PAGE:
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Issue Date: August 2010 Issue


War Stories

Soldiers' and Sailors' Monument commissioner Neil Evans shares the details of the downtown landmark's recent renovation.
Erick Trickey
trickey@clevelandmagazine.com

Visiting the Soldiers' and Sailors' Monument used to feel like a trip to the drab, gray past. Sure, we should pay our respects to Civil War vets but man, 1894 sure seemed dank, musty and monochrome.

Turns out the past was more colorful than we thought. Thanks to a $2 million renovation, we can see what Clevelanders saw 116 years ago when Public Square's war memorial opened: brilliant rose-and-ocher-colored columns and window trim, a blue and green ceiling, multicolored military emblems on the floors.

"It's like going, in The Wizard of Oz, from black and white to Technicolor," says Neil Evans, president of the monument commission.

Two curators at the Cleveland Museum of Natural History gave the renovation a huge boost, helping to preserve the 38 marble slabs etched with the names of the 9,000 Cuyahoga County residents who served in the Civil War. An exhibit opening Aug. 7 at the museum in University Circle illustrates the science behind their contributions. Here's a look at what's different.










Marble

A century of hot-and-cold cycles had warped all of the marble tablets. Joe Hannibal of the natural history museum measured the bending and took the room's temperatures. Now, softer mortar between the tablets lets them expand. Air conditioning and dehumidifiers make the space more comfortable for people and stone alike.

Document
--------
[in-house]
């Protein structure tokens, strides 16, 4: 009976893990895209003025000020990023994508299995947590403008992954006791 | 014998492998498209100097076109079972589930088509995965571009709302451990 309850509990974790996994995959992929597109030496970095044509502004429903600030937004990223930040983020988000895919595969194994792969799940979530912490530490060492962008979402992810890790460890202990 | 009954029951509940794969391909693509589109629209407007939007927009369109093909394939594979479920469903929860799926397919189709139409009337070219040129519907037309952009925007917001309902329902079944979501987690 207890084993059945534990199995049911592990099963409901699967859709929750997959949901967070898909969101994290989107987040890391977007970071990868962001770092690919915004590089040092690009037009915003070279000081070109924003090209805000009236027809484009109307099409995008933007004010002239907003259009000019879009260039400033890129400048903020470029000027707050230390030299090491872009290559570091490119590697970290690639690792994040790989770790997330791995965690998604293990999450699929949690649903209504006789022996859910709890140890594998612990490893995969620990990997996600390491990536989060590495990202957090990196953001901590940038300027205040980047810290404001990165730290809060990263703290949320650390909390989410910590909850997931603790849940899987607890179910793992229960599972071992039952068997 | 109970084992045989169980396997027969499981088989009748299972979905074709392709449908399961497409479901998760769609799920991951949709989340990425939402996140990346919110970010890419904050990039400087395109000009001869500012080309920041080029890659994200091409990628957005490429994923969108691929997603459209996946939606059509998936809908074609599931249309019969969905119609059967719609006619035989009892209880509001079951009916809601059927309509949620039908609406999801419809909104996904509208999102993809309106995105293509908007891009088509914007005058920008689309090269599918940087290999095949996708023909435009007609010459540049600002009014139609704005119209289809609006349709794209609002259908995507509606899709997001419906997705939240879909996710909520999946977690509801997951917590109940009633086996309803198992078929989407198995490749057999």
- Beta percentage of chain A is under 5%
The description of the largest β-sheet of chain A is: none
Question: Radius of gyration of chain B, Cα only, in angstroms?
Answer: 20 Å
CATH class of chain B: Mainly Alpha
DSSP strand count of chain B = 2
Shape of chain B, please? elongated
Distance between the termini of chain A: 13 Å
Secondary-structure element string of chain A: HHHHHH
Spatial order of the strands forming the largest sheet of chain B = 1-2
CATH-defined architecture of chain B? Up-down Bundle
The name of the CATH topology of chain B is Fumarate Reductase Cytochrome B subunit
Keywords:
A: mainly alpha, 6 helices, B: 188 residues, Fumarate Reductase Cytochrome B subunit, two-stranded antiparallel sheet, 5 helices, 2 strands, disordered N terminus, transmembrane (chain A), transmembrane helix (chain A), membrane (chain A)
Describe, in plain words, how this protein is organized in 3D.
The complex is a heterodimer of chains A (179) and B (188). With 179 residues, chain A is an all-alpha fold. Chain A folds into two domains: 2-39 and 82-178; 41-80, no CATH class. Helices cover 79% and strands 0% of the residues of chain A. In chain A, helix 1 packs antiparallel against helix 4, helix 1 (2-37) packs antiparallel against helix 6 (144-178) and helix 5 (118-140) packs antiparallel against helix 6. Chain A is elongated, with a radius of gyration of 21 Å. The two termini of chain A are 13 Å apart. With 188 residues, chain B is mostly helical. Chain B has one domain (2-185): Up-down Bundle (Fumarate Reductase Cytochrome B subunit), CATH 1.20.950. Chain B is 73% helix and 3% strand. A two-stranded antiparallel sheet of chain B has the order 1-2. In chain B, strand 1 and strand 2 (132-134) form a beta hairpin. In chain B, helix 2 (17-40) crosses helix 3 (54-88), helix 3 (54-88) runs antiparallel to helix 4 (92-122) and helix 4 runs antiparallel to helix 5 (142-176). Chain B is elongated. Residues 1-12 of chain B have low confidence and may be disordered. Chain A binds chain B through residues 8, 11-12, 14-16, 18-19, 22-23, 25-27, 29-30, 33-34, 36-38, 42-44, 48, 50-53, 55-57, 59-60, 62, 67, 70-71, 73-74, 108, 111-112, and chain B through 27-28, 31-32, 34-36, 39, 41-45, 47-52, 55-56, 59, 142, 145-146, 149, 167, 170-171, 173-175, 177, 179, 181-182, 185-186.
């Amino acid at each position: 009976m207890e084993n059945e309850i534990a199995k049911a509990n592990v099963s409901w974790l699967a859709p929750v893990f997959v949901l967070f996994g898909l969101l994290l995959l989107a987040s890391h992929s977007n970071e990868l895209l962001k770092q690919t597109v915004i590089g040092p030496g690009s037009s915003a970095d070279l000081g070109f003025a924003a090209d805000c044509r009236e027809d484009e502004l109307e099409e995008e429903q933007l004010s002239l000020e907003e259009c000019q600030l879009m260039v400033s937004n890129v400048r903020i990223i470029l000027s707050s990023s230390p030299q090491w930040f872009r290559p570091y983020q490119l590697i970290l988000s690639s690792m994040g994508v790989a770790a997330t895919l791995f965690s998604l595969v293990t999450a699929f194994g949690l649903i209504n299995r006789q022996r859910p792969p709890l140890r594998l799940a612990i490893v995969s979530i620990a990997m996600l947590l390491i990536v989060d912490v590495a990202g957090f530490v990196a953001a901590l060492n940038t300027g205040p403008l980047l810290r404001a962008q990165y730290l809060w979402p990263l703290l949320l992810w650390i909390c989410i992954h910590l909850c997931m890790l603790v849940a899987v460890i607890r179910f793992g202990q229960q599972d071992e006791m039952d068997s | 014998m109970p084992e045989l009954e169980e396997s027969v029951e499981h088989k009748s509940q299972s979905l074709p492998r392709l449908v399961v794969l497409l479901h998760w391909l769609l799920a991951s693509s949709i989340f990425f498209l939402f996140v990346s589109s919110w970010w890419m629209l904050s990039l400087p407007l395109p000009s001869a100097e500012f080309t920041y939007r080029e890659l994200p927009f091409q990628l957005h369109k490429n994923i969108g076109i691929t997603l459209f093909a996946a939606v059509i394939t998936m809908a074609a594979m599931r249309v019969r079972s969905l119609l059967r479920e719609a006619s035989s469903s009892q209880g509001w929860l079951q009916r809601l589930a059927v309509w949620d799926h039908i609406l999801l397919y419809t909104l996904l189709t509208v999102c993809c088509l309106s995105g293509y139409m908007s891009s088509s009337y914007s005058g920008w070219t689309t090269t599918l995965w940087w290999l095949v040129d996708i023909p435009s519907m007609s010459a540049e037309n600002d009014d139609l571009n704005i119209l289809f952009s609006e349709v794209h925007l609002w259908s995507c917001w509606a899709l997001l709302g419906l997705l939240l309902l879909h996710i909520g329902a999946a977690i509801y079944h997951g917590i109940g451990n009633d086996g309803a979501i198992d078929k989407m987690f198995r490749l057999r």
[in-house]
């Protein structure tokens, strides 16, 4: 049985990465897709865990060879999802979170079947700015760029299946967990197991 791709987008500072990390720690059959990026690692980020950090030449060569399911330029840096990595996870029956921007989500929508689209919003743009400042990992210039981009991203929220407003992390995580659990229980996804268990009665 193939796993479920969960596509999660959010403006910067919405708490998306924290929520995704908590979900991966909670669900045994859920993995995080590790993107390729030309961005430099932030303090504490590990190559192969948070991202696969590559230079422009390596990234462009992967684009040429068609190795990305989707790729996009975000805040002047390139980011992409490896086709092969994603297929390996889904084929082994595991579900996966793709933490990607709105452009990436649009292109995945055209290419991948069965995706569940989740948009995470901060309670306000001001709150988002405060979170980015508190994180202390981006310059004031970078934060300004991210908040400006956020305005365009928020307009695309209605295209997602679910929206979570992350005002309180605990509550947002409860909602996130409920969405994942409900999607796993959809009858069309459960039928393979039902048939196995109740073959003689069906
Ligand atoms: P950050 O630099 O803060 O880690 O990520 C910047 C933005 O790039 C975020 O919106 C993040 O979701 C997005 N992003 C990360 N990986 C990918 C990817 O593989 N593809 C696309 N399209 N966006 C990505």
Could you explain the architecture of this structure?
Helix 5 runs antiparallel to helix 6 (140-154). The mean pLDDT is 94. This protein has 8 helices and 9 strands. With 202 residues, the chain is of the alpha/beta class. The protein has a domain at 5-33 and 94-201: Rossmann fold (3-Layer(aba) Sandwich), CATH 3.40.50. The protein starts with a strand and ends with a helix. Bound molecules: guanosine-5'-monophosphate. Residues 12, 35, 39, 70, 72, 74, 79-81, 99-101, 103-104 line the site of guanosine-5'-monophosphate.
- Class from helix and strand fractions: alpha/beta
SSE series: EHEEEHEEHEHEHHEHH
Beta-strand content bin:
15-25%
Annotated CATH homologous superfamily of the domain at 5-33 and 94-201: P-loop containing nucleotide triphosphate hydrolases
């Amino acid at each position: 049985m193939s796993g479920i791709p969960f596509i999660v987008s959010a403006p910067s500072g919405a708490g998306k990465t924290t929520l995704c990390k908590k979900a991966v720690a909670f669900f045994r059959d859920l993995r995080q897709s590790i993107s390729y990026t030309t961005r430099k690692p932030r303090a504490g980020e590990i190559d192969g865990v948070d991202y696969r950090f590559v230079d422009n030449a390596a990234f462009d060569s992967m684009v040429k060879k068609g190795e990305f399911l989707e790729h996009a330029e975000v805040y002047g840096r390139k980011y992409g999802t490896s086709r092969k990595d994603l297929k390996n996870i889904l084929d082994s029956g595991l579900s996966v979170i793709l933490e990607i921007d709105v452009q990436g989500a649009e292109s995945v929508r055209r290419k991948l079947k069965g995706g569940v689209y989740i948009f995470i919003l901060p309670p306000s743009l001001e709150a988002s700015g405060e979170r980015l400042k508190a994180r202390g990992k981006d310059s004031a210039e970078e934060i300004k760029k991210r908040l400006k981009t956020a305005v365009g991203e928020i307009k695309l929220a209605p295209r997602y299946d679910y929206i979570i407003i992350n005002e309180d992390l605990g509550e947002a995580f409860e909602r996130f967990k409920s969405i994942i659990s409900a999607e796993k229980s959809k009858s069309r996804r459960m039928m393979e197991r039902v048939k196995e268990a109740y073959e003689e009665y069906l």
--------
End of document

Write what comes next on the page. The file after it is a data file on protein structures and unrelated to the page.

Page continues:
Colors

Hannibal discovered an 1894 newspaper article that reported the marble tablets had a light yellow tint. "That shed new light on everything," says Evans. The renovators dappled a yellow across the faded tablets. Hints of dark red above the bronze reliefs and bits of pale rose on the columns led to the re-tinting of the other marble.

Chandeliers

Gas and electric chandeliers illuminated the interior in 1894. Now, four replicas hang in the corners with red lights standing in for the original gaslights. "We didn't want any harsh lighting because it's a place of repose," Evans says. Fluorescent lights were replaced with softer bulbs. Spotlights draw out details on busts of wartime heroes.

Lincoln

This bronze relief panel depicts Abraham Lincoln removing a slave's shackles and handing him a rifle. The shackles, which disappeared decades ago, have been replaced. "Giving those free hands a full Springfield rifle and cartridge box what more could be stronger?" Evans says. "You see the emancipation taking place."

Stained Glass

Whitney Stained Glass of Cleveland cleaned or replaced every piece of leaded glass in the monument's 14 windows. The studio also reglazed the windows and installed outer panes of Florentine glass, a long-lost element of the original design that creates a sparkling effect when the sun shines through.

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